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Vintage Jofra Archer performance offers inspires England to ODI win in South Africa

Vintage: Archer took six wickets as England ended their tour on a positive note  (Getty Images)
Vintage: Archer took six wickets as England ended their tour on a positive note (Getty Images)

Half-an-hour into the Third ODI here in Kimberley, England were doing a decent impression of the local tourist attraction, having dug themselves a Big Hole.

Three-down inside six overs, with just 20 runs on the board by the end of the powerplay, Jos Buttler’s side were staring down the barrel of a second successive series whitewash and a sixth straight ODI defeat.

What followed was a remarkable turnaround with the bat, then a vintage bowling performance from Jofra Archer, who took six wickets, to end the tour on an optimistic note nine months out from the World Cup, despite a 2-1 series defeat already assured by back-to-back losses in Bloemfontein.

Archer’s clutch display - returning his best international figures of 6-40 - was needed to put the seal on a fightback made possible by a defiant and, eventually, dominant fourth-wicket stand between Buttler and Dawid Malan, who both scored terrific hundreds, their partnership of 236 the fourth-highest in England’s ODI history.

Already the only two Englishmen to have made centuries in all three formats, Buttler’s 131 was another display of his class, an 11th ODI hundred coming only three days after he had finished not-out in the nineties. Malan’s 118 though - his third century in just 15 ODI caps - was a more pertinent reminder of why he ought not to be considered a mere substitute for sexier absentees in a format he has always insisted is his best.

Both were studious in initiating the rebuild before going up through the gears: England scored 129 off the first 30 overs before motoring to a total of 346-for-seven, with a ridiculous 217 runs off the final 20.

Moeen Ali played another fine cameo, striking 41 off 23 deliveries including four sixes, though none of were as entertaining as the bizarre one-handed switch-hit that failed to connect and left Buttler, at the other end, in stitches.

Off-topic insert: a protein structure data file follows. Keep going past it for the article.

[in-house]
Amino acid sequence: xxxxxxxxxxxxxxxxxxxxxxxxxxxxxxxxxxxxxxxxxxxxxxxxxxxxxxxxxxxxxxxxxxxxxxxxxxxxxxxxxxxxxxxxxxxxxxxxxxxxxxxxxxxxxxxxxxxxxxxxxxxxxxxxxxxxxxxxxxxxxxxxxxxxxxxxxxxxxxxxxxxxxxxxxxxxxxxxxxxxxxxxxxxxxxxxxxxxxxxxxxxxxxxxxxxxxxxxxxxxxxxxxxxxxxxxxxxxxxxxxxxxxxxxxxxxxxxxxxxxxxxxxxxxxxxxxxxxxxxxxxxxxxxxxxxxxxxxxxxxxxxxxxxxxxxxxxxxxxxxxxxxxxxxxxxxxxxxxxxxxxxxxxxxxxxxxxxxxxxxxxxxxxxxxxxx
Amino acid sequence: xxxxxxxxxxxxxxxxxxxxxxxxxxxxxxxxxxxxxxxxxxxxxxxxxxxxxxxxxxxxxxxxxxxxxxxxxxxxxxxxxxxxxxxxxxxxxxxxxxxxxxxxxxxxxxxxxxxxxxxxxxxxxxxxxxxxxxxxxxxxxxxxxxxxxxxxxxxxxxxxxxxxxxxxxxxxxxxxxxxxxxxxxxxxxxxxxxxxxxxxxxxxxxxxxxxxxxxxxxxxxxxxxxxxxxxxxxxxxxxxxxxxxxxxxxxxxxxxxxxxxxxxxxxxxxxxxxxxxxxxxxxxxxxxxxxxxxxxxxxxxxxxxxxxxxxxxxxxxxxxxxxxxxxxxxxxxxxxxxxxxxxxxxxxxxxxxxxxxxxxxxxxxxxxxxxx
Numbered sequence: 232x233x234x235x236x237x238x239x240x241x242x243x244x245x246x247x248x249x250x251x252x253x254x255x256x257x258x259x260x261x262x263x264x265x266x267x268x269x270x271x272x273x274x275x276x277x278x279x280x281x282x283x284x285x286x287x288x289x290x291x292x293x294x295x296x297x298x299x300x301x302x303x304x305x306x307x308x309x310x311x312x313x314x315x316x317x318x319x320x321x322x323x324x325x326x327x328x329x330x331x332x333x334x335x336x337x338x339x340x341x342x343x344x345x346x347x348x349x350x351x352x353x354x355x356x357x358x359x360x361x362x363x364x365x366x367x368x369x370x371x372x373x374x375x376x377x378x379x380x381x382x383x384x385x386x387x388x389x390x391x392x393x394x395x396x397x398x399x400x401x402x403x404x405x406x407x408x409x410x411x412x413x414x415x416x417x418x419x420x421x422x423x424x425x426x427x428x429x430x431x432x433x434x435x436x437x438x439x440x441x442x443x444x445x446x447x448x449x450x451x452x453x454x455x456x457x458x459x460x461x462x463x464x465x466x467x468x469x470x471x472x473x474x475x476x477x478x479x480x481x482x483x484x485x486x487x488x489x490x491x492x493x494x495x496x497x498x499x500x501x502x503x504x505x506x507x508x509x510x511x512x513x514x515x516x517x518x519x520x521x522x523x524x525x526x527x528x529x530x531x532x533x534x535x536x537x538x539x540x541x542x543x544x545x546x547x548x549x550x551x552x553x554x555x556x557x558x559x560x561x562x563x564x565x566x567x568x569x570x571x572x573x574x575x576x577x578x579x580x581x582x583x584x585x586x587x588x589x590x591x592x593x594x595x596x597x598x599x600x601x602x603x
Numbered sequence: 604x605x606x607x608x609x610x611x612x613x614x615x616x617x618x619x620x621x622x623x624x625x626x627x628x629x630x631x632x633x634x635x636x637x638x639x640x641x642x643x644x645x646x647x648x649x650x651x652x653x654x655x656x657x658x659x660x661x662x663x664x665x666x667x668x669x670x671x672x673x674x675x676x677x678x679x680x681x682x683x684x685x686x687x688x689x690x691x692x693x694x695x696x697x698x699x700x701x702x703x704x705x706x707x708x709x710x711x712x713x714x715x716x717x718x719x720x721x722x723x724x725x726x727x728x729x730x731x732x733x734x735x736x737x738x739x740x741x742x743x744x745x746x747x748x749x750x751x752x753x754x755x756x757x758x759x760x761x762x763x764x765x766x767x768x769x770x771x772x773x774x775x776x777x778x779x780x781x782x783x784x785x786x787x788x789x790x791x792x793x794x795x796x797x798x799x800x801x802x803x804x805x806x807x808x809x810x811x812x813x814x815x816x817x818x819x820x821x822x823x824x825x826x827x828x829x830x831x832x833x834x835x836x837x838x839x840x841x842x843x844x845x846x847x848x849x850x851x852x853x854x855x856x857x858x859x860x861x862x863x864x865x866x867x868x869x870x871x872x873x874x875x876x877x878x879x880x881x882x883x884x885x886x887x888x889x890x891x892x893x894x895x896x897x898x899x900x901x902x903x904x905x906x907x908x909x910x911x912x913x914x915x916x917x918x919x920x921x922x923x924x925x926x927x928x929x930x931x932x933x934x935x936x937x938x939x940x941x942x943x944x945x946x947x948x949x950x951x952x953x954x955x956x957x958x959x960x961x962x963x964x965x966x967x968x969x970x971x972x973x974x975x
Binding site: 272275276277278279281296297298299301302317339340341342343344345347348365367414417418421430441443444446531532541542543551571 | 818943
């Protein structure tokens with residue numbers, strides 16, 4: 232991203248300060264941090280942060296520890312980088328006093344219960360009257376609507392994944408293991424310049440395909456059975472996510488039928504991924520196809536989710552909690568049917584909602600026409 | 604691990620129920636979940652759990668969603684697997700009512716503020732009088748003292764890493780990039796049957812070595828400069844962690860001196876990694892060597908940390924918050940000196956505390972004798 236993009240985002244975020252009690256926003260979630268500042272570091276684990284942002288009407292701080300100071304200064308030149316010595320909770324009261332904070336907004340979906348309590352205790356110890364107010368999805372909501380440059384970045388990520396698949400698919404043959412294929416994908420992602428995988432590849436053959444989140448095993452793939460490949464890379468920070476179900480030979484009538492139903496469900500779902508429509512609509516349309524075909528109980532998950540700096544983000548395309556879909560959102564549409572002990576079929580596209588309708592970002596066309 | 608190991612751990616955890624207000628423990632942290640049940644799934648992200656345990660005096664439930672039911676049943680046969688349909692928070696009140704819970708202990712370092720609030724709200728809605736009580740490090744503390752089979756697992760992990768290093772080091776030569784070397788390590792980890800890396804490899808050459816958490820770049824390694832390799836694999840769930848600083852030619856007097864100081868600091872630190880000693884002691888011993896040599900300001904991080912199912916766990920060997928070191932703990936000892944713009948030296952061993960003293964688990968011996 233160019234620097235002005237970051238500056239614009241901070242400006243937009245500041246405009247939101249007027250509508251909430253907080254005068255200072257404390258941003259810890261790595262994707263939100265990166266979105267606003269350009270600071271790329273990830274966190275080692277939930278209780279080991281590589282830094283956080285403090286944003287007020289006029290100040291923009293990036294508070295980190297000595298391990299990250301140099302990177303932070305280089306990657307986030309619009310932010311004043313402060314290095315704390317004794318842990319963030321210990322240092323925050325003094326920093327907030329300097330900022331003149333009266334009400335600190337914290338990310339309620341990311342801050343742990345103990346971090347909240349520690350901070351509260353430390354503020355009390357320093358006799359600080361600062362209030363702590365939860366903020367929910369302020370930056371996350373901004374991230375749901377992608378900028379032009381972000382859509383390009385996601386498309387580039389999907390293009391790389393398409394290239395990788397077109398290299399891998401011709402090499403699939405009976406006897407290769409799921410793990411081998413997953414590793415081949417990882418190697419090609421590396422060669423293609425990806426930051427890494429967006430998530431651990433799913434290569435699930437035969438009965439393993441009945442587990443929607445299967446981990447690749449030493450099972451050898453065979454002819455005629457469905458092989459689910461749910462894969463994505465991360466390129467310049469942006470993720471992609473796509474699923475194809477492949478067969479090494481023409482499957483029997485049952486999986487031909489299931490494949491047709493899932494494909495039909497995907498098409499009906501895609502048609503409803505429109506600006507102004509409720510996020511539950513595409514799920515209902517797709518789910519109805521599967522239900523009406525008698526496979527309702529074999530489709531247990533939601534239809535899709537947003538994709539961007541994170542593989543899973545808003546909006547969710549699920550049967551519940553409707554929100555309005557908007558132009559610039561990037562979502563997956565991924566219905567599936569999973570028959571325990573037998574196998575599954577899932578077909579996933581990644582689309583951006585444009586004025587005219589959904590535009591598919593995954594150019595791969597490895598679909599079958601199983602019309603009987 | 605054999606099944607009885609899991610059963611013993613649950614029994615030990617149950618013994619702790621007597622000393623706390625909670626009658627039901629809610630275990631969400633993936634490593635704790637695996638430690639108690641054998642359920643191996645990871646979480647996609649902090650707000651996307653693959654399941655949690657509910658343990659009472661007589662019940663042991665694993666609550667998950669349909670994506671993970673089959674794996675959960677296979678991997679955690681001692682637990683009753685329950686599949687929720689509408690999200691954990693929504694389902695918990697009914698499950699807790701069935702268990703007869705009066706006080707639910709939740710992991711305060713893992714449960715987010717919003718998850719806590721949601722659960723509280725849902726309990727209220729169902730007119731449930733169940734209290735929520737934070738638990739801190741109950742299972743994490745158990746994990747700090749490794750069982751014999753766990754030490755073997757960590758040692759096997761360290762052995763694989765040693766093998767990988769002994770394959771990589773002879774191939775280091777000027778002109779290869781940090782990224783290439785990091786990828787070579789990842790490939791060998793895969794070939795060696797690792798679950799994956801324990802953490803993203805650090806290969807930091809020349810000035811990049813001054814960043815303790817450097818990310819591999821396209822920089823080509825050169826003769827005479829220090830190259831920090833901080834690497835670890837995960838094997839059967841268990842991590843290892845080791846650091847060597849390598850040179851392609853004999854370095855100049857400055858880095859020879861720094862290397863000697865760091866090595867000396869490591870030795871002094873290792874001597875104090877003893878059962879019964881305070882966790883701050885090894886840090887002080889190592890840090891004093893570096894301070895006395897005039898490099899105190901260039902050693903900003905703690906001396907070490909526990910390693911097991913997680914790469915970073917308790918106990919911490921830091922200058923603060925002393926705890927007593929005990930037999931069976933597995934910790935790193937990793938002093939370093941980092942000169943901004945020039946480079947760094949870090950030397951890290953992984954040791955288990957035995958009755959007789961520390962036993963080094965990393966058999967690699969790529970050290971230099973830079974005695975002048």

Chasing 347 for victory, half-centuries from Reeza Hendricks and Heinrich Klaasen kept South Africa well in the hunt but Archer’s return late in the innings prevented what looked set to be another storming finish as England claimed victory by 59 runs.

Moeen Ali played another fine cameo (Getty Images)
Moeen Ali played another fine cameo (Getty Images)

That result looked little chance while Lungi Ngidi was tearing his way through the tourists’ top-order, taking a wicket in each of his first three overs to leave England 14-for-three, after the home side had won the toss for a third game in a row.

That Buttler took 14 balls to get off the mark after his unwelcome early arrival at the crease said plenty about both the challenging early conditions and Englands predicament. Malan needed two lives, dropped on 29 and 46.

Gradually though, the pair began to pick their moments for aggression with increasing frequency, making use of the short straight boundaries at the Diamond Oval, hosting its first international cricket since 2018.

Buttler brought up the hundred partnership with a monstrous 105-metre six down the ground, into the wind. Only six overs later, Malan took them to 150 in similarly emphatic style, before the scoring briefly slowed as both men edged more cautiously towards three figures. Malan got there first, cutting beautifully for four, and Buttler followed only two balls later, each, pleasingly, taking 106 deliveries to reach the landmark.

Archer, back in the side after sitting out the middle of three matches, was made to wait as Chris Woakes and Reece Topley shared the new ball. The pair went around the park in the powerplay but combined to make the breakthrough as Bavuma, a centurion in Bloemfontein, was plucked out of the sky by the substantial reach of Topley having prodded at Woakes’ slower ball.

Those were a rarity from Archer, who touched 90mph for the first time in the series in his second over and then struck in his third to remove Rassie van der Dussen. The new man, Aiden Markram, wore a bouncer first ball but was primed for the battle and responded with a crisp straight drive to the rope.

Archer, though, would have the last laugh, making Markram his next victim during a stunning second spell that evoked memories of his whirlwind breakthrough in 2019. After Markram had miscued high to Moeen, David Miller, threatening a charge, was cut in half and feathered behind, Archer and England celebrating the key wicket long before the finger was raised. The very next ball, he was on his way again, only for Marco Jansen’s edge to fall a fraction short of Moeen, who might have done better coming forward.

That seemed to have England well on top, but Klaasen (80) took down the spinners as the momentum swung, leaving South Africa requiring 73 off 66 balls and Buttler with little choice but to throw the ball back to his gun.

Archer, of course, delivered, breaking the partnership and taking three of the last four wickets, confirming in the process that, just two matches into his international return, England’s talismanic white-ball bowler is back.